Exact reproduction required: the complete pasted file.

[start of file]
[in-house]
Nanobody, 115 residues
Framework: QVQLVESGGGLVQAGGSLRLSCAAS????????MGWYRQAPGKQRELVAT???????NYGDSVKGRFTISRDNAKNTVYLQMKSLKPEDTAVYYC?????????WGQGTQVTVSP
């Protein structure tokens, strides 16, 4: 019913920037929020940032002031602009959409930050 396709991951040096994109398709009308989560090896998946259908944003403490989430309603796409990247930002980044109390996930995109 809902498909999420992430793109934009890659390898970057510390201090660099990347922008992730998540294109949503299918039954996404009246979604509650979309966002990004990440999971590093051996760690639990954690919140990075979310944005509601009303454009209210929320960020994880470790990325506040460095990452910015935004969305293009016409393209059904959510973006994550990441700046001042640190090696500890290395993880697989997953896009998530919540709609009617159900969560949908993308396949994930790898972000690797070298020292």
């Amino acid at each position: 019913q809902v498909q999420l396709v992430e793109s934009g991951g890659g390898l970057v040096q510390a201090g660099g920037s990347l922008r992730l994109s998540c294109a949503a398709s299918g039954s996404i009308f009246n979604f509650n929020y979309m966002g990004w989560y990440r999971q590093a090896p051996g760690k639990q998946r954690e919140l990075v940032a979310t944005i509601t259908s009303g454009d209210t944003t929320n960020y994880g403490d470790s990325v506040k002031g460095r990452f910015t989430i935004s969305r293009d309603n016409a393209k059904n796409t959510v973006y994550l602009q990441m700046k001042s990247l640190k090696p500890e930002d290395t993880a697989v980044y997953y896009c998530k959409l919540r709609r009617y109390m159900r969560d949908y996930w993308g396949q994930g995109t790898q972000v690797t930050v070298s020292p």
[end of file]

[in-house]
Nanobody, 115 residues
Framework: QVQLVESGGGLVQAGGSLRLSCAAS????????MGWYRQAPGKQRELVAT???????NYGDSVKGRFTISRDNAKNTVYLQMKSLKPEDTAVYYC?????????WGQGTQVTVSP
């Protein structure tokens, strides 16, 4: 019913920037929020940032002031602009959409930050 396709991951040096994109398709009308989560090896998946259908944003403490989430309603796409990247930002980044109390996930995109 809902498909999420992430793109934009890659390898970057510390201090660099990347922008992730998540294109949503299918039954996404009246979604509650979309966002990004990440999971590093051996760690639990954690919140990075979310944005509601009303454009209210929320960020994880470790990325506040460095990452910015935004969305293009016409393209059904959510973006994550990441700046001042640190090696500890290395993880697989997953896009998530919540709609009617159900969560949908993308396949994930790898972000690797070298020292």
């Amino acid at each position: 019913q809902v498909q999420l396709v992430e793109s934009g991951g890659g390898l970057v040096q510390a201090g660099g920037s990347l922008r992730l994109s998540c294109a949503a398709s299918g039954s996404i009308f009246n979604f509650n929020y979309m966002g990004w989560y990440r999971q590093a090896p051996g760690k639990q998946r954690e919140l990075v940032a979310t944005i509601t259908s009303g454009d209210t944003t929320n960020y994880g403490d470790s990325v506040k002031g460095r990452f910015t989430i935004s969305r293009d309603n016409a393209k059904n796409t959510v973006y994550l602009q990441m700046k001042s990247l640190k090696p500890e930002d290395t993880a697989v980044y997953y896009c998530k959409l919540r709609r009617y109390m159900r969560d949908y996930w993308g396949q994930g995109t790898q972000v690797t930050v070298s020292p």